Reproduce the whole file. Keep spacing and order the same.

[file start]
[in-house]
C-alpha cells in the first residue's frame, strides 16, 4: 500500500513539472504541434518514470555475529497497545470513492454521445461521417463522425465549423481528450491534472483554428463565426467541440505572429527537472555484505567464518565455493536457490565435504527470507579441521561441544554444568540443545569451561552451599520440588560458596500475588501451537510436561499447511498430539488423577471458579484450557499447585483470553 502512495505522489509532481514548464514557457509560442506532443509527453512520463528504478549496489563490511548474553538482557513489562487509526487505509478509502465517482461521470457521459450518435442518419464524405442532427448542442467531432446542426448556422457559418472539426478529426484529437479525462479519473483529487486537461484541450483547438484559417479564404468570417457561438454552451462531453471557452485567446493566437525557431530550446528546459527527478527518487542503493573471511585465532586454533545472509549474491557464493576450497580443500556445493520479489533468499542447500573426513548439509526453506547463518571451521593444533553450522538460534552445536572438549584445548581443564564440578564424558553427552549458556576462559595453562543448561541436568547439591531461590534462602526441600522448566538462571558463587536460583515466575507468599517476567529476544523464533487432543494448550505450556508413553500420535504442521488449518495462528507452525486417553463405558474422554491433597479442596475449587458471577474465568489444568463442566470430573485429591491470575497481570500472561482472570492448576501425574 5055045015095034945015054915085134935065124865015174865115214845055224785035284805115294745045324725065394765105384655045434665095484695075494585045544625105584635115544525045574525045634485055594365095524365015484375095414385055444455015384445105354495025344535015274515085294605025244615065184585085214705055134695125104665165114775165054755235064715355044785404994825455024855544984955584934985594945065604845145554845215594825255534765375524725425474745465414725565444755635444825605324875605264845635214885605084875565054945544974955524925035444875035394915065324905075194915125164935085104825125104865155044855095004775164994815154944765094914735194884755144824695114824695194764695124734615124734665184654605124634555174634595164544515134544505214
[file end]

[in-house]
C-alpha cells in the first residue's frame, strides 16, 4: 500500500513539472504541434518514470555475529497497545470513492454521445461521417463522425465549423481528450491534472483554428463565426467541440505572429527537472555484505567464518565455493536457490565435504527470507579441521561441544554444568540443545569451561552451599520440588560458596500475588501451537510436561499447511498430539488423577471458579484450557499447585483470553 502512495505522489509532481514548464514557457509560442506532443509527453512520463528504478549496489563490511548474553538482557513489562487509526487505509478509502465517482461521470457521459450518435442518419464524405442532427448542442467531432446542426448556422457559418472539426478529426484529437479525462479519473483529487486537461484541450483547438484559417479564404468570417457561438454552451462531453471557452485567446493566437525557431530550446528546459527527478527518487542503493573471511585465532586454533545472509549474491557464493576450497580443500556445493520479489533468499542447500573426513548439509526453506547463518571451521593444533553450522538460534552445536572438549584445548581443564564440578564424558553427552549458556576462559595453562543448561541436568547439591531461590534462602526441600522448566538462571558463587536460583515466575507468599517476567529476544523464533487432543494448550505450556508413553500420535504442521488449518495462528507452525486417553463405558474422554491433597479442596475449587458471577474465568489444568463442566470430573485429591491470575497481570500472561482472570492448576501425574 5055045015095034945015054915085134935065124865015174865115214845055224785035284805115294745045324725065394765105384655045434665095484695075494585045544625105584635115544525045574525045634485055594365095524365015484375095414385055444455015384445105354495025344535015274515085294605025244615065184585085214705055134695125104665165114775165054755235064715355044785404994825455024855544984955584934985594945065604845145554845215594825255534765375524725425474745465414725565444755635444825605324875605264845635214885605084875565054945544974955524925035444875035394915065324905075194915125164935085104825125104865155044855095004775164994815154944765094914735194884755144824695114824695194764695124734615124734665184654605124634555174634595164544515134544505214